ARI on TwitterARI on LinkedinARI on FacebookARI on iTunesARI RSS Feed

ECOWAS at 40

The signing of the Lagos Treaty on 28 May 1975 established the Economic Community of West African States (ECOWAS).  Its purpose was to foster regional cooperation and integration, in order to raise the living standards of West Africans. Despite the region being forecast to achieve GDP growth of 7% in 2015, the average income remains a paltry USD$3.40 per day. Newly-elected Commission Chairman, Senegalese President Macky Sall, has much work to do.

To mark the 40th anniversary of ECOWAS, Africa Research Institute, in partnership with The Africa Report, hosted a panel discussion to debate its continued relevance and role in improving regional economic, cultural and political integration. Our assembled experts – Arnold Ekpe, Véronique Tadjo and Patrick Smith – shared their thoughts and responded to wide-ranging questions from the audience.

Ekpe on the economy:

An ECOWAS single currency: The single currency remains a dream. It does not make economic sense when the West African economies are so heterogeneous. Regional convertibility is a more sensible approach and would encourage the free movement of capital across the region. The proposed Eco currency would have to be based on the Naira because Nigeria’s economy accounts for 77% of regional wealth; but this would be unacceptable to the francophone countries that use the CFA Franc. They are unable to provide a viable counter-proposal because the CFA is pegged to the Euro and guaranteed by France. How can you have a West African currency without having control of setting policy, printing money and a central bank?

Economic leadership: Currently we look outside, to Europe and elsewhere, for solutions to our economic problems. We must learn to look within Africa. I would support an Africa-Africa summit to discuss how we can work together to move forward economically. There is a lack of visionary pan-African leadership. Within ECOWAS I see a willingness to get things done but an inability to execute; moving from talk to action has always been its biggest challenge.

The fallacy of the African economic miracle: The 6-7% GDP annual growth figures we see in West Africa are not good enough. China grew at double digits for three decades to catch up. If Africa is to do the same we need to create bigger markets and big banks to finance infrastructure. If a country has 45 banks, they have 40 too many.

Funding development: Some African countries have struggled to attract foreign investment for ambitious infrastructure projects. Ethiopia financed its new dam by raising money from its own citizens. More attention needs to be paid to domestic revenue mobilisation if we are to create a pool of revenues for investment. Countries cannot develop from external funding alone.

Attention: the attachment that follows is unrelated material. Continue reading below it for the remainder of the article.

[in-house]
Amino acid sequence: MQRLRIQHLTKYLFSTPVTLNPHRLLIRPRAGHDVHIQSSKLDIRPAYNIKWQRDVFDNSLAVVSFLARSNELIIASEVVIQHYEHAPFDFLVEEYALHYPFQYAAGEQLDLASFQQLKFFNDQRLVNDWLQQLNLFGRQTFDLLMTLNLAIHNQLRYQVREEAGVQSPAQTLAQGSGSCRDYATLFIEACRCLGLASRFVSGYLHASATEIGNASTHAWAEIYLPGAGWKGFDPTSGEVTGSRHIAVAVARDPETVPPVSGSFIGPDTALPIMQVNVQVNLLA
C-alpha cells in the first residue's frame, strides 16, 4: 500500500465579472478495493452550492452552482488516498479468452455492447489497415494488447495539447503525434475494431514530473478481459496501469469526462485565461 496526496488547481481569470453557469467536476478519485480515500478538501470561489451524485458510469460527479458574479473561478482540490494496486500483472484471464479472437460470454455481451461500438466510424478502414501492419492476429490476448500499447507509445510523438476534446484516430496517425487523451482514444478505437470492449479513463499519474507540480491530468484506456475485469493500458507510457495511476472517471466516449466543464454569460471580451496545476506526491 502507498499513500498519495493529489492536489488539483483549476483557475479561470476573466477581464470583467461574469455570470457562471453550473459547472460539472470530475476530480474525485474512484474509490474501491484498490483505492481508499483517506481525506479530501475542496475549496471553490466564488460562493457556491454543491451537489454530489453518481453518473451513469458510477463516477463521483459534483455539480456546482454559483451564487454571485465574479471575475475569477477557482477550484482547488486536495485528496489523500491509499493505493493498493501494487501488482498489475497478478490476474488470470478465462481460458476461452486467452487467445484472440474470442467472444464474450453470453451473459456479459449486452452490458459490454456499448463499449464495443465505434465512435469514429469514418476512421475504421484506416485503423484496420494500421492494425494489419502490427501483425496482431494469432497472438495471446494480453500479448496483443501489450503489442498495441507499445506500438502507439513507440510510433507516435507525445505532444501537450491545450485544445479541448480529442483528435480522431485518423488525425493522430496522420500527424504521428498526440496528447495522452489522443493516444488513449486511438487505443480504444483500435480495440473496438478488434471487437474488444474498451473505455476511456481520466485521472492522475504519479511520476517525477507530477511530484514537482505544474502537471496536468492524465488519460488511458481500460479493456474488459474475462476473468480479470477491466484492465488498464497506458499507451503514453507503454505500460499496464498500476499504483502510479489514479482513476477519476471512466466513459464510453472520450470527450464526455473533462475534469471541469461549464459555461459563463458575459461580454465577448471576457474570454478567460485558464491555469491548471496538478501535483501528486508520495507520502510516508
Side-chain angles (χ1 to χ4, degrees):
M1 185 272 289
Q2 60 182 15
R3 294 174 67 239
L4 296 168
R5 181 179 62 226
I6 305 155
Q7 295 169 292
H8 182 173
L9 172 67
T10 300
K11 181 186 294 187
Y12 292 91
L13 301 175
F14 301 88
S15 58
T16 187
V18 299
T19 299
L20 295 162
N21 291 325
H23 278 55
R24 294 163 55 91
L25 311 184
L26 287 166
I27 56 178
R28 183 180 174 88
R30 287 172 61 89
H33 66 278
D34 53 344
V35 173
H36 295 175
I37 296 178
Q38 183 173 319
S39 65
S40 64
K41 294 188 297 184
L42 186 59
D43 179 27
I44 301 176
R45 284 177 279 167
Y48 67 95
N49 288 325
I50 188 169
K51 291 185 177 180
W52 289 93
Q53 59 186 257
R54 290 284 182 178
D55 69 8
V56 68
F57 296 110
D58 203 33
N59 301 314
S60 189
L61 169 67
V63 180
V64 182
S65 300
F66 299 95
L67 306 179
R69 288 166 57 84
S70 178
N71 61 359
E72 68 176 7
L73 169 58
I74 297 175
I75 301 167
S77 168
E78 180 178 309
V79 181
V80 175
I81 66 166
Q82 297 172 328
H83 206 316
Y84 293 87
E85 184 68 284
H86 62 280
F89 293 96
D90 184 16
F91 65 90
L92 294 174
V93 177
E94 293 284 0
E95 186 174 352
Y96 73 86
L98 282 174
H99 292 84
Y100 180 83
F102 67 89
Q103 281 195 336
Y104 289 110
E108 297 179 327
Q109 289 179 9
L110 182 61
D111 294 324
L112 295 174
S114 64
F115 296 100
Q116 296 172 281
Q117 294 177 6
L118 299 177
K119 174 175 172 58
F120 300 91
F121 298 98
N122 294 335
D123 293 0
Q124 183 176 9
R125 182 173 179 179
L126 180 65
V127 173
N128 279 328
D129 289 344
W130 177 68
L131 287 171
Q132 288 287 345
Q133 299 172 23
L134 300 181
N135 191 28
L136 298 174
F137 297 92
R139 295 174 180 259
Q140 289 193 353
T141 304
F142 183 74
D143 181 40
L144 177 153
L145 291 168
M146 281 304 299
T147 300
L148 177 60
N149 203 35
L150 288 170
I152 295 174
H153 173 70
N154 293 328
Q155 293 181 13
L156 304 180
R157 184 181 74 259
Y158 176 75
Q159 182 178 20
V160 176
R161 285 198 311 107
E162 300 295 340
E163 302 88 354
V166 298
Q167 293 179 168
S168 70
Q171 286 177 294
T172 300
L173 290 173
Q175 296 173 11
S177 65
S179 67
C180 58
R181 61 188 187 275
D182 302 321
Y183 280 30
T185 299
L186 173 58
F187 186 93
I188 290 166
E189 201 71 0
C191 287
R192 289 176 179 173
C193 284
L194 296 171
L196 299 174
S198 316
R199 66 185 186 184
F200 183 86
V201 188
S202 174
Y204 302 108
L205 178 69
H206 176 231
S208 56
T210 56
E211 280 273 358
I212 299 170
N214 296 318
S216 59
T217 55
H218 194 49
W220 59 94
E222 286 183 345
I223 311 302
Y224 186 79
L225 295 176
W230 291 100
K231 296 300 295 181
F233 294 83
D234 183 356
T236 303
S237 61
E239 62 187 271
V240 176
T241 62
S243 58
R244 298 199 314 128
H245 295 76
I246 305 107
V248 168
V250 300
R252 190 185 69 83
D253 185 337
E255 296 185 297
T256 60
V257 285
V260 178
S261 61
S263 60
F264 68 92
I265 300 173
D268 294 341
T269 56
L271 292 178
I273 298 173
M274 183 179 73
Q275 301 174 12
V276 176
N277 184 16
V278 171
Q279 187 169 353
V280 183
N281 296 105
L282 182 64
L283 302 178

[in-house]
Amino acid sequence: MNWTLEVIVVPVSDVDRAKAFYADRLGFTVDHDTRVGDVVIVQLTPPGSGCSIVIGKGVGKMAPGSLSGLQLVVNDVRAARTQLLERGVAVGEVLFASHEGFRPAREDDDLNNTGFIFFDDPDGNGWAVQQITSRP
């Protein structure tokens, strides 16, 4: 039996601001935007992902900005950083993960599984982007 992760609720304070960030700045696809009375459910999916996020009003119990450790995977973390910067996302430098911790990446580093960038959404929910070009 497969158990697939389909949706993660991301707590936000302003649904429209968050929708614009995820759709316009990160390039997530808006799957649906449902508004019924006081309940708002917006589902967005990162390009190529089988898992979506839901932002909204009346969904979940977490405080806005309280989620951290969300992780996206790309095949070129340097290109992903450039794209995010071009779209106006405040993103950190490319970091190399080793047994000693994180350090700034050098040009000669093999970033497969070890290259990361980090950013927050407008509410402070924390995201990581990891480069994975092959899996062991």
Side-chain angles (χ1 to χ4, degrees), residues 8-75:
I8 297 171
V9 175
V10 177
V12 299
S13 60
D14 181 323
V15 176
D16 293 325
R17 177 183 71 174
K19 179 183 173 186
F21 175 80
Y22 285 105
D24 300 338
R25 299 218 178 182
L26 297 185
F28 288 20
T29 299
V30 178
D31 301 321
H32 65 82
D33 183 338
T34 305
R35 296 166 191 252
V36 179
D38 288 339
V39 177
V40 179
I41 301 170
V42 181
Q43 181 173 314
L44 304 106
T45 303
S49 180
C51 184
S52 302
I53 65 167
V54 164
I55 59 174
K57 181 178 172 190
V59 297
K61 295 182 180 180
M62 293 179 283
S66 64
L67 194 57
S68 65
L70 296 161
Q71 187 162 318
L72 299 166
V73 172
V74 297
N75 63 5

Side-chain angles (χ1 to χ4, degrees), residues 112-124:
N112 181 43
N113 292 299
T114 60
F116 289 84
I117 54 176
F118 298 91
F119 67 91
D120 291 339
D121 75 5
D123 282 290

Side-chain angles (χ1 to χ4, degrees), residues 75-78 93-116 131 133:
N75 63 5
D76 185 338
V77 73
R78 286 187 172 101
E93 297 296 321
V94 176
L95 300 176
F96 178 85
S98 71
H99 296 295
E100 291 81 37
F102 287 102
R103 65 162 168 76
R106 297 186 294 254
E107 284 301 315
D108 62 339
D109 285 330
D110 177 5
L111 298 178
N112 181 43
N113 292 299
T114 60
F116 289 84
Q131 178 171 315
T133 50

Tadjo on culture:

Language: One of the biggest missed opportunities is language. ECOWAS made a key decision to keep French and English as official languages, in the belief that this would facilitate communication, but the gap between Anglophone and Francophone countries remains as stark as at independence. A lack of communication means we are not sharing ideas and knowledge across the region. This is true of African languages too.  We are not talking to each other within country borders; there is alienation between elites and the majority of the population. People are trapped within ethnic and linguistic groups. This leads to marginalisation and radicalisation.

The culture industry: We need to make culture an integral part of the economy. Government budgets for culture are an afterthought; there is a lack of political will to support art in West Africa. I see this as a loss of potential earnings.

Smith on politics and security:

Anti-third term movements: The uprising in Burkina Faso to oust President Compaoré was a very important juncture. It sent shockwaves across the continent and we are seeing the after-effects in DRC and Burundi. To ECOWAS’s credit they have tried, just two days ago, to restrict all leaders in the region to two terms but it should be no surprise that the only objectors were Togo and Gambia – the members most hostile to democratic freedoms.

The insecurity threat: If insecurity in northern Nigeria can be tackled the focus might shift to Islamist rebels in Mali. The vast amounts of military hardware in Libya left behind after the fall of Gaddafi poses a significant threat to stability in the ECOWAS region. Security crises will not go away and ECOWAS will have to find a way of financing future interventions.

Nigeria and the region: Buhari’s election in March 2015 was part of wider political movement against corruption and lawlessness that was undermining economic opportunity. His efforts to re-establish the rule of law will be vital to Nigeria’s future and promise to have regional implications with elections in Ghana, scheduled for 2016, drawing some parallels.

A political union: ECOWAS is an economic union in denial. It has done more in political and security interventions – Cote d’Ivoire, Guinea-Bissau, Sierra Leone and Liberia – than anything else.


Audio podcast:

[audiomack src=””]